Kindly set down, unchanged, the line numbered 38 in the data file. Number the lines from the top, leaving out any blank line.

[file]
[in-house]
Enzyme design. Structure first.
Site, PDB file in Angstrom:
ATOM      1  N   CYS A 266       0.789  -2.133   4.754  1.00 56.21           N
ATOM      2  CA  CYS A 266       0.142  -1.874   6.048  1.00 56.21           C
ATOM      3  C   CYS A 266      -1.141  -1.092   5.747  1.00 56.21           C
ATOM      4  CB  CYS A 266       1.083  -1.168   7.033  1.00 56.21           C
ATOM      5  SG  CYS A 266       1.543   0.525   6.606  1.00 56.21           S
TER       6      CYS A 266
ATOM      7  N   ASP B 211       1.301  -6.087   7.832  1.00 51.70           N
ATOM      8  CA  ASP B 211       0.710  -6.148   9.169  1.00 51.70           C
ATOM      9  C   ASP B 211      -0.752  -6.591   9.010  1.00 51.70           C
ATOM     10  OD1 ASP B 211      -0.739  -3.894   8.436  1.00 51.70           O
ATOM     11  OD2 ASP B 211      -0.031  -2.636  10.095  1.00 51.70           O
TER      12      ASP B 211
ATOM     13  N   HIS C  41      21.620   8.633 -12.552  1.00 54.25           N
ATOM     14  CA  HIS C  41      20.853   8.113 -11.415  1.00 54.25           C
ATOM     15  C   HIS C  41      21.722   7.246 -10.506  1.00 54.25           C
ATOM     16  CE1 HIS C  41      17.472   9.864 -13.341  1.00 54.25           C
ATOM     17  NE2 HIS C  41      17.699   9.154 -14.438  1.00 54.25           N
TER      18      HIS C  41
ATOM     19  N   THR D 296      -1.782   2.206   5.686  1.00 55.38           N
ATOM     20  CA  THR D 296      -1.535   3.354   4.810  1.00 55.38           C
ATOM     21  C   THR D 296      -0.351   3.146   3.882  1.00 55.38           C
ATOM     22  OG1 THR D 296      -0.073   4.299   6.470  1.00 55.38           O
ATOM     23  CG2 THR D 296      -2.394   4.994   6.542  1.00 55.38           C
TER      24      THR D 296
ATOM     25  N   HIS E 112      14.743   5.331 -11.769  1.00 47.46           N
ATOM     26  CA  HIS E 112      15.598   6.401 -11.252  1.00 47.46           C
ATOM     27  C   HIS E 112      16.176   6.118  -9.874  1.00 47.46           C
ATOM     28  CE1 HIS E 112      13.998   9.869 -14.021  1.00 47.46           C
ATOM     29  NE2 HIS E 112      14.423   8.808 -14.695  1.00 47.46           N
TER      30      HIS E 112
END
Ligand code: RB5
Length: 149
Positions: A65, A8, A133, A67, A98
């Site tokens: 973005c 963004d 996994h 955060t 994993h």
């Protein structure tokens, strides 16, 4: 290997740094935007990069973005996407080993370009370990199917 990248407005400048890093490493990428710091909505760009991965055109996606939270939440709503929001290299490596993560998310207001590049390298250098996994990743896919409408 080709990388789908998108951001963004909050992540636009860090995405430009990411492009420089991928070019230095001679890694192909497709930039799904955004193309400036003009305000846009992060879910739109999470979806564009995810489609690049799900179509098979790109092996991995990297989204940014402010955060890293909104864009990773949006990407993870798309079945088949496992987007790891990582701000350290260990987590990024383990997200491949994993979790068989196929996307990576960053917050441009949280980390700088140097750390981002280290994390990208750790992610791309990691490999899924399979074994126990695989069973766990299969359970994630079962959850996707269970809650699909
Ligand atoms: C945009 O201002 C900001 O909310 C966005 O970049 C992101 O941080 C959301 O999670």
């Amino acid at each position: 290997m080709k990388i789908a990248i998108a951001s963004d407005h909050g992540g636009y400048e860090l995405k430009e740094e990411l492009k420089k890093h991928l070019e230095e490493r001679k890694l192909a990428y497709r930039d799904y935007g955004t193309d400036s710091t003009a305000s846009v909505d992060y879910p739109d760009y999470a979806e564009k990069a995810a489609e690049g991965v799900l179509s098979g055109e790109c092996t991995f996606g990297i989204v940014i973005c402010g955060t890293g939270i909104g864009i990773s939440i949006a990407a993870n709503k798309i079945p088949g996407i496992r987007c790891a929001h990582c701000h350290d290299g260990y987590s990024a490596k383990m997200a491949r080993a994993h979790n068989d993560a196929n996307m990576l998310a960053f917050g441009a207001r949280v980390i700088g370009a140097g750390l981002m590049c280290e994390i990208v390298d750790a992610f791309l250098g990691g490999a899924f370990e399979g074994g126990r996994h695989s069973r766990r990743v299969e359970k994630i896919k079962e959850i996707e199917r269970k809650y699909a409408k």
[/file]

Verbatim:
């Site tokens: 973005c 963004d 996994h 955060t 994993h």